OSF has extended its reach in the European Union through NGO and human rights networks. It sought to influence EU elections by thwarting the success of candidates it deemed xenophobic or racist. The term xenophobic is commonly applied by the Left to politicians who seek rational immigration with a focus on resettlement rather than the disastrous porous border policy championed by the EU’s Green-socialist bloc. The OSF also funded a range of media projects focused on changing how journalists report on politicians and policies cast as xenophobic, intolerant or far Right. Leaked documents reveal OSF’s endorsement of questionable tactics to achieve its aims. A document reviewed by news source Breitbart states: “Naming and shaming from us is problematic: we are also in the business of channelling money into other countries for political purposes.”
It is neither uncommon nor illegal for philanthropists to fund political advocacy groups and lobby politicians. However, there is an ethical line between evidence-based advocacy by NGOs and disproportionate influence on the democratic process.
Following the Soros leaks, concerns have been raised about the influence of groups claiming to be disinterested third parties and NGOs on core Western values such as free speech and government by the people. In one of the leaked documents, there appears to be a problematic connection between Soros funding and campaigning against politically incorrect media. OSF took credit for funding an advocacy campaign in which a group worked to “take away” news anchor Lou Dobbs’s platform on CNN. Dobbs resigned from CNN amid controversy over his critical views on immigration. I would criticise some of Dobbs’s statements but conform to the view that free speech is protected unless an individual or group incites violence or engages in terrorist or treasonous activities.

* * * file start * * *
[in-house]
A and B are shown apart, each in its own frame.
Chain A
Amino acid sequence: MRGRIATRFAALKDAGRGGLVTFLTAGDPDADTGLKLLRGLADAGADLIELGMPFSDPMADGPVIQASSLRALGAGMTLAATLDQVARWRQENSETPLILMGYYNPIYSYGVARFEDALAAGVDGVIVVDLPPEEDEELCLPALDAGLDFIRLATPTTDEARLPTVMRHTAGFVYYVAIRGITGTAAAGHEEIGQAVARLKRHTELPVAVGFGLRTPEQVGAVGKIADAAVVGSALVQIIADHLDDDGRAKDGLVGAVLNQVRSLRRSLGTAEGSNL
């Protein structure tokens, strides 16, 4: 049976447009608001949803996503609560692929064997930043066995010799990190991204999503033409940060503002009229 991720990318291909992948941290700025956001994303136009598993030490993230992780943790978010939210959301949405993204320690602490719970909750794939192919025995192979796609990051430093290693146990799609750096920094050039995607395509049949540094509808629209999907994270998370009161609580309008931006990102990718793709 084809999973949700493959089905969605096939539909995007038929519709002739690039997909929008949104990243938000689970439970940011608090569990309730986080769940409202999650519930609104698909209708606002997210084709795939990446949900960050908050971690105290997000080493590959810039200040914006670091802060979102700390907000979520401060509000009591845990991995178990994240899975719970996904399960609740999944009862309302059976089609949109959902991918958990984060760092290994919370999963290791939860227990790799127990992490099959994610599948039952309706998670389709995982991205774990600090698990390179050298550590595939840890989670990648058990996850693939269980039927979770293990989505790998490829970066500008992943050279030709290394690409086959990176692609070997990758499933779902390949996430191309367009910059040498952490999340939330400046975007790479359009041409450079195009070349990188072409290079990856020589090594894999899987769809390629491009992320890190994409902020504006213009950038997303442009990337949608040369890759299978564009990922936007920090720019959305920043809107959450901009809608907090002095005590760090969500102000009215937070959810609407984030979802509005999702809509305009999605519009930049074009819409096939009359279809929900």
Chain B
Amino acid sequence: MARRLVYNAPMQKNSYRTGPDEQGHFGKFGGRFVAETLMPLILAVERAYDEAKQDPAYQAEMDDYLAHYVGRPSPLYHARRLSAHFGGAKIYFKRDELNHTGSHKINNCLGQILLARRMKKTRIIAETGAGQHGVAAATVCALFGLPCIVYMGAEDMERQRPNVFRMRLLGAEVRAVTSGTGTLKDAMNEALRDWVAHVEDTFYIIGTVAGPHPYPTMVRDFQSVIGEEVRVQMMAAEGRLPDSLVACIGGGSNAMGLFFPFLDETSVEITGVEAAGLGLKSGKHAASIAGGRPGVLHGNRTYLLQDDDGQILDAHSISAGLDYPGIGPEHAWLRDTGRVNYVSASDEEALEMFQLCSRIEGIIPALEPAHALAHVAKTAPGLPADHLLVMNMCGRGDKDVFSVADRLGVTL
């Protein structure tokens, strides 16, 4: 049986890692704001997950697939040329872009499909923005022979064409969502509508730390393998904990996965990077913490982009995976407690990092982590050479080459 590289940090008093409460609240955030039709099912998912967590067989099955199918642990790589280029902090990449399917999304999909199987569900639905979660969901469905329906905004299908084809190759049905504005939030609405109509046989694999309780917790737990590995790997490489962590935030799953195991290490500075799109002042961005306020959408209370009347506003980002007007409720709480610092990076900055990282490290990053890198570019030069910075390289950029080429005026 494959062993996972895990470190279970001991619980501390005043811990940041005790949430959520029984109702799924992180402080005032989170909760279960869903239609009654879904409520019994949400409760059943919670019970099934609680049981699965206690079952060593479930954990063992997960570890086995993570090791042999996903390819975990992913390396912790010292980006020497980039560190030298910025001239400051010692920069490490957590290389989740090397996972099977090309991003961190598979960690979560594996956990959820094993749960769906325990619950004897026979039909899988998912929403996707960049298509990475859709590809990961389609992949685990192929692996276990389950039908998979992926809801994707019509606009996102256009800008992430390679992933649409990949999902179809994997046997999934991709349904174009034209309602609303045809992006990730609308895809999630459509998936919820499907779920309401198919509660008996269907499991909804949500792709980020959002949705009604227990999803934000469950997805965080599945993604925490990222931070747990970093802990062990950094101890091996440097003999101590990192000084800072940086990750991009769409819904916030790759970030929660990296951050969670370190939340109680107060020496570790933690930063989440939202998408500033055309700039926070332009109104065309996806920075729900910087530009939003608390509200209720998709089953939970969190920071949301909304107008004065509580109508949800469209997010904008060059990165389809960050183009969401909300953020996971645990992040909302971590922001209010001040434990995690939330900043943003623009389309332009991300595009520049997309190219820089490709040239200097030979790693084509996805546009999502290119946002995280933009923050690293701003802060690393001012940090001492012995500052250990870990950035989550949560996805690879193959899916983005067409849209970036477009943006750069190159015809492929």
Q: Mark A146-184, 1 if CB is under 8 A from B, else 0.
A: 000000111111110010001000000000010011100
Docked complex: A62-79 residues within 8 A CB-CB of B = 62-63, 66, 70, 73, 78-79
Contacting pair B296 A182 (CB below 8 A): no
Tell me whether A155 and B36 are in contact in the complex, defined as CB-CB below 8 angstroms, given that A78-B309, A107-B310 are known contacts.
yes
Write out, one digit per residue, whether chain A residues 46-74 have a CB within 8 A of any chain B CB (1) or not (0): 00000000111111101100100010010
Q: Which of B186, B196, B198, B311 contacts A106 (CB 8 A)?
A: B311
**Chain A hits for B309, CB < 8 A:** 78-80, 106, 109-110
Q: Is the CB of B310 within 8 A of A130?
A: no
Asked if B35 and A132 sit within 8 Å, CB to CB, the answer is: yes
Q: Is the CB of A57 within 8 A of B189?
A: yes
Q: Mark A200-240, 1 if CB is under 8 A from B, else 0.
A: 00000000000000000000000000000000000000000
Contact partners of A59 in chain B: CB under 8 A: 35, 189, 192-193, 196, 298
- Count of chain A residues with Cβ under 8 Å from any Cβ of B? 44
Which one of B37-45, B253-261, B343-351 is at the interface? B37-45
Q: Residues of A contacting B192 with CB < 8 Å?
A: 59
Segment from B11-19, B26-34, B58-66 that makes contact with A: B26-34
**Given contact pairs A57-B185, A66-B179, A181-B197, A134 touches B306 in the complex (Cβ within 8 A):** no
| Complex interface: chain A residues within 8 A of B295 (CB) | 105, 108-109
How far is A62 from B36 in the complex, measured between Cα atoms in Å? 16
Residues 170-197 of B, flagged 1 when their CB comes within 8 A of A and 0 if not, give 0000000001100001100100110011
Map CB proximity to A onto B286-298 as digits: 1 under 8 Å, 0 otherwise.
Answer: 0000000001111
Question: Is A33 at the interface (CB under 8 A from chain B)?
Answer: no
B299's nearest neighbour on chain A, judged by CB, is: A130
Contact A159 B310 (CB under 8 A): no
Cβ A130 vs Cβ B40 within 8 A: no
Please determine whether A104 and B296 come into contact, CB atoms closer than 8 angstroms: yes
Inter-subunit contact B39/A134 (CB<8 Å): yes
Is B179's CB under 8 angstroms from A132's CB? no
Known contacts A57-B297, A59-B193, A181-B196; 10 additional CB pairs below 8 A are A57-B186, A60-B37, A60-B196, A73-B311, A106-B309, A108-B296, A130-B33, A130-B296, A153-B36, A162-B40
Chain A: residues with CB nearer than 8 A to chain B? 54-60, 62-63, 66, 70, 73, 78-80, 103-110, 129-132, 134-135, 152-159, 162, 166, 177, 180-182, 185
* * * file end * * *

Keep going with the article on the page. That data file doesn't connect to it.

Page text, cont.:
Another leaked report suggests Soros and OSF played a direct role in Barack Obama’s decision to increase the US immigration target. Soros wrote to Obama to request the increase while OSF advocates organised a group to act. In its 2015 report, the OSF board stated it took “very active efforts … to provide a special allocation of an additional 100,000 refugee slots for Syrians … In the face of this pressure, the Obama administration announced … that by 2017 it would raise to 100,000 the total number of refugees the US takes worldwide each year.”
While NGOs and human rights groups routinely demand greater governmental transparency and accountability, they are rarely required to live up to their own standards. A new global transparency group, Transparify, rated Soros’s foundations zero for transparency among 200 organisations. Ironically, Transparify receives funding from OSF.
The belief the NGO sector has been hijacked by interests intent on challenging sovereignty to destabilise legitimate states is driving governments to introduce legislation to neutralise the perceived threat. A NGO transparency bill introduced by Israel was condemned by the EU, the UN, US Democrats and many human rights organisations. The law demands that NGOs whose primary support comes from foreign political entities publicly disclose the fact. Unsurprisingly, many of the NGOs exposed by the law were left-wing and human rights organisations that challenge Israel’s right to sovereign power by attacking its border security policy.
Expect NGOs to continue attacking conservative MPs who champion liberal democracy by defending Australia’s sovereign border and national security policy. It is perhaps time to rewrite the NGO sector’s demand for government transparency and accountability as a mutual obligation.